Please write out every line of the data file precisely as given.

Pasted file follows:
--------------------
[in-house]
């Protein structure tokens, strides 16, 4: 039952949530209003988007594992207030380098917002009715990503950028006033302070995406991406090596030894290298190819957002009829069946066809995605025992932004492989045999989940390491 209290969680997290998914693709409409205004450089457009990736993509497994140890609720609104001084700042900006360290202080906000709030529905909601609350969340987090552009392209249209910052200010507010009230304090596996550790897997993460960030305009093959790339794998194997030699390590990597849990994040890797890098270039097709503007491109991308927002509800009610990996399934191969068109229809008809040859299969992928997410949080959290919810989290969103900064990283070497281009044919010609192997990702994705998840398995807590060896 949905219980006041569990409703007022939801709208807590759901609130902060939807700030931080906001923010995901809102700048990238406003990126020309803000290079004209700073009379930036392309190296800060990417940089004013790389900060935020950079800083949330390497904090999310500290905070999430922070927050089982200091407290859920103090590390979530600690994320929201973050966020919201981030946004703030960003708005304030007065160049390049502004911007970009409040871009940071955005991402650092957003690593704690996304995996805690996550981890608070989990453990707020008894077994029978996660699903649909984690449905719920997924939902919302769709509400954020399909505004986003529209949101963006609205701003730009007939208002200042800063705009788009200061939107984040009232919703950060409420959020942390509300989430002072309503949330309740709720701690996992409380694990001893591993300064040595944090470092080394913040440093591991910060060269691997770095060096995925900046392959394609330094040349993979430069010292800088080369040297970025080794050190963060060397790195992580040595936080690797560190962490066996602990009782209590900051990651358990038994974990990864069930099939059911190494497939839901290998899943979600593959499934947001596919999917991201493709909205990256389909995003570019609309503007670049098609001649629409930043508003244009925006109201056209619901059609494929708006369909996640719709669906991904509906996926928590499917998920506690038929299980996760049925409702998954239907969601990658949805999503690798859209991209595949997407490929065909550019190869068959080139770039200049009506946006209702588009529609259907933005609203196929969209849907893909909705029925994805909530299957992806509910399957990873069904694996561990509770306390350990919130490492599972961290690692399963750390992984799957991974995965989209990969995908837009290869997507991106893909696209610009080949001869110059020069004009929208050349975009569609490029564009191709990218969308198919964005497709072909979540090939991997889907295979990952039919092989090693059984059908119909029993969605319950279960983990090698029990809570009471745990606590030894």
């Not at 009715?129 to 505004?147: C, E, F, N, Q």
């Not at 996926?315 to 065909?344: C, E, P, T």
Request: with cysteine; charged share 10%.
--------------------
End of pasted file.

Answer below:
[in-house]
């Protein structure tokens, strides 16, 4: 039952949530209003988007594992207030380098917002009715990503950028006033302070995406991406090596030894290298190819957002009829069946066809995605025992932004492989045999989940390491 209290969680997290998914693709409409205004450089457009990736993509497994140890609720609104001084700042900006360290202080906000709030529905909601609350969340987090552009392209249209910052200010507010009230304090596996550790897997993460960030305009093959790339794998194997030699390590990597849990994040890797890098270039097709503007491109991308927002509800009610990996399934191969068109229809008809040859299969992928997410949080959290919810989290969103900064990283070497281009044919010609192997990702994705998840398995807590060896 949905219980006041569990409703007022939801709208807590759901609130902060939807700030931080906001923010995901809102700048990238406003990126020309803000290079004209700073009379930036392309190296800060990417940089004013790389900060935020950079800083949330390497904090999310500290905070999430922070927050089982200091407290859920103090590390979530600690994320929201973050966020919201981030946004703030960003708005304030007065160049390049502004911007970009409040871009940071955005991402650092957003690593704690996304995996805690996550981890608070989990453990707020008894077994029978996660699903649909984690449905719920997924939902919302769709509400954020399909505004986003529209949101963006609205701003730009007939208002200042800063705009788009200061939107984040009232919703950060409420959020942390509300989430002072309503949330309740709720701690996992409380694990001893591993300064040595944090470092080394913040440093591991910060060269691997770095060096995925900046392959394609330094040349993979430069010292800088080369040297970025080794050190963060060397790195992580040595936080690797560190962490066996602990009782209590900051990651358990038994974990990864069930099939059911190494497939839901290998899943979600593959499934947001596919999917991201493709909205990256389909995003570019609309503007670049098609001649629409930043508003244009925006109201056209619901059609494929708006369909996640719709669906991904509906996926928590499917998920506690038929299980996760049925409702998954239907969601990658949805999503690798859209991209595949997407490929065909550019190869068959080139770039200049009506946006209702588009529609259907933005609203196929969209849907893909909705029925994805909530299957992806509910399957990873069904694996561990509770306390350990919130490492599972961290690692399963750390992984799957991974995965989209990969995908837009290869997507991106893909696209610009080949001869110059020069004009929208050349975009569609490029564009191709990218969308198919964005497709072909979540090939991997889907295979990952039919092989090693059984059908119909029993969605319950279960983990090698029990809570009471745990606590030894």
């Not at 009715?129 to 505004?147: C, E, F, N, Q």
């Not at 996926?315 to 065909?344: C, E, P, T």
Request: with cysteine; charged share 10%.